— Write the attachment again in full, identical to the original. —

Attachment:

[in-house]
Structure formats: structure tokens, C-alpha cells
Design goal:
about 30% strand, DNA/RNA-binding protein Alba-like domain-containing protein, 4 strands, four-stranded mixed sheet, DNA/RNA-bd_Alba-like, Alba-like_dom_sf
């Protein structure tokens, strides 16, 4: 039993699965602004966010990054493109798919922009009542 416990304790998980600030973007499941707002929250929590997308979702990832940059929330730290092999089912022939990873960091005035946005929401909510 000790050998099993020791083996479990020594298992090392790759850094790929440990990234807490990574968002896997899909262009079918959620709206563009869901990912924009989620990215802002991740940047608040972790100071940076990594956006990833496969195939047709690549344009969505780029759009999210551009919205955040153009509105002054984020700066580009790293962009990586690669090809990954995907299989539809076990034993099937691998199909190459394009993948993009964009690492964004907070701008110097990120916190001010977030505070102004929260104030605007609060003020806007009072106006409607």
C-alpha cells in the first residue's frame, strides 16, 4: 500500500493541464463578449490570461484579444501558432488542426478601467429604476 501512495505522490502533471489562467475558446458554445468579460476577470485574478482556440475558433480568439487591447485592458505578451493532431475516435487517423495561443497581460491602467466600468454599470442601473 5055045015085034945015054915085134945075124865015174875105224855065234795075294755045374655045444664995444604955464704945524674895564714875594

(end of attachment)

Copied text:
[in-house]
Structure formats: structure tokens, C-alpha cells
Design goal:
about 30% strand, DNA/RNA-binding protein Alba-like domain-containing protein, 4 strands, four-stranded mixed sheet, DNA/RNA-bd_Alba-like, Alba-like_dom_sf
């Protein structure tokens, strides 16, 4: 039993699965602004966010990054493109798919922009009542 416990304790998980600030973007499941707002929250929590997308979702990832940059929330730290092999089912022939990873960091005035946005929401909510 000790050998099993020791083996479990020594298992090392790759850094790929440990990234807490990574968002896997899909262009079918959620709206563009869901990912924009989620990215802002991740940047608040972790100071940076990594956006990833496969195939047709690549344009969505780029759009999210551009919205955040153009509105002054984020700066580009790293962009990586690669090809990954995907299989539809076990034993099937691998199909190459394009993948993009964009690492964004907070701008110097990120916190001010977030505070102004929260104030605007609060003020806007009072106006409607």
C-alpha cells in the first residue's frame, strides 16, 4: 500500500493541464463578449490570461484579444501558432488542426478601467429604476 501512495505522490502533471489562467475558446458554445468579460476577470485574478482556440475558433480568439487591447485592458505578451493532431475516435487517423495561443497581460491602467466600468454599470442601473 5055045015085034945015054915085134945075124865015174875105224855065234795075294755045374655045444664995444604955464704945524674895564714875594